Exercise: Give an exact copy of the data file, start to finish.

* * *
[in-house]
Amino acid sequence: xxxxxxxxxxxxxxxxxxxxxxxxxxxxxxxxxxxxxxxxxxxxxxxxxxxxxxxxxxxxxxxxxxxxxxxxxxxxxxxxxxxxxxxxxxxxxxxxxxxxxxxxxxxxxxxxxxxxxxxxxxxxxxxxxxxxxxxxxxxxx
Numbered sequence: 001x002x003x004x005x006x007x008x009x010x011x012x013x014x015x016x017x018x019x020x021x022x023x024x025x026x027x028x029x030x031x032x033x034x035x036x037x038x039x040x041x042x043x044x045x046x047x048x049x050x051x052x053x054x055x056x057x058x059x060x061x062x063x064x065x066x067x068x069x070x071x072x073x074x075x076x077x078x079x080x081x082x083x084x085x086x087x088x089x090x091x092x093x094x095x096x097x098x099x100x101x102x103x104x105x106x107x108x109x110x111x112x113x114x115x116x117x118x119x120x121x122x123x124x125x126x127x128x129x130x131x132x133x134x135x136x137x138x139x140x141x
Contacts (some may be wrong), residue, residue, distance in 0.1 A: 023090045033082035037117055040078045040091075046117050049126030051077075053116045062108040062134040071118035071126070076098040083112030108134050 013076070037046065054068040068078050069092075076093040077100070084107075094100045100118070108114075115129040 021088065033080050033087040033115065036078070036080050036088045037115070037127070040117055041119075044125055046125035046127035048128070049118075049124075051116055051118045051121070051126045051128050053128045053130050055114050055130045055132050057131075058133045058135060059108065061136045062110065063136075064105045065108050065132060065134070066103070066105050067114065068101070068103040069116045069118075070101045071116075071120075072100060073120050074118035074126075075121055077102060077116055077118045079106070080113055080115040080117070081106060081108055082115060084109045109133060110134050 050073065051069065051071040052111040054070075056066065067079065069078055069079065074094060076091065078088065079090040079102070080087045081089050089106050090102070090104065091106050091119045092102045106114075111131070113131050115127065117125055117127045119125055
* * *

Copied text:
[in-house]
Amino acid sequence: xxxxxxxxxxxxxxxxxxxxxxxxxxxxxxxxxxxxxxxxxxxxxxxxxxxxxxxxxxxxxxxxxxxxxxxxxxxxxxxxxxxxxxxxxxxxxxxxxxxxxxxxxxxxxxxxxxxxxxxxxxxxxxxxxxxxxxxxxxxxx
Numbered sequence: 001x002x003x004x005x006x007x008x009x010x011x012x013x014x015x016x017x018x019x020x021x022x023x024x025x026x027x028x029x030x031x032x033x034x035x036x037x038x039x040x041x042x043x044x045x046x047x048x049x050x051x052x053x054x055x056x057x058x059x060x061x062x063x064x065x066x067x068x069x070x071x072x073x074x075x076x077x078x079x080x081x082x083x084x085x086x087x088x089x090x091x092x093x094x095x096x097x098x099x100x101x102x103x104x105x106x107x108x109x110x111x112x113x114x115x116x117x118x119x120x121x122x123x124x125x126x127x128x129x130x131x132x133x134x135x136x137x138x139x140x141x
Contacts (some may be wrong), residue, residue, distance in 0.1 A: 023090045033082035037117055040078045040091075046117050049126030051077075053116045062108040062134040071118035071126070076098040083112030108134050 013076070037046065054068040068078050069092075076093040077100070084107075094100045100118070108114075115129040 021088065033080050033087040033115065036078070036080050036088045037115070037127070040117055041119075044125055046125035046127035048128070049118075049124075051116055051118045051121070051126045051128050053128045053130050055114050055130045055132050057131075058133045058135060059108065061136045062110065063136075064105045065108050065132060065134070066103070066105050067114065068101070068103040069116045069118075070101045071116075071120075072100060073120050074118035074126075075121055077102060077116055077118045079106070080113055080115040080117070081106060081108055082115060084109045109133060110134050 050073065051069065051071040052111040054070075056066065067079065069078055069079065074094060076091065078088065079090040079102070080087045081089050089106050090102070090104065091106050091119045092102045106114075111131070113131050115127065117125055117127045119125055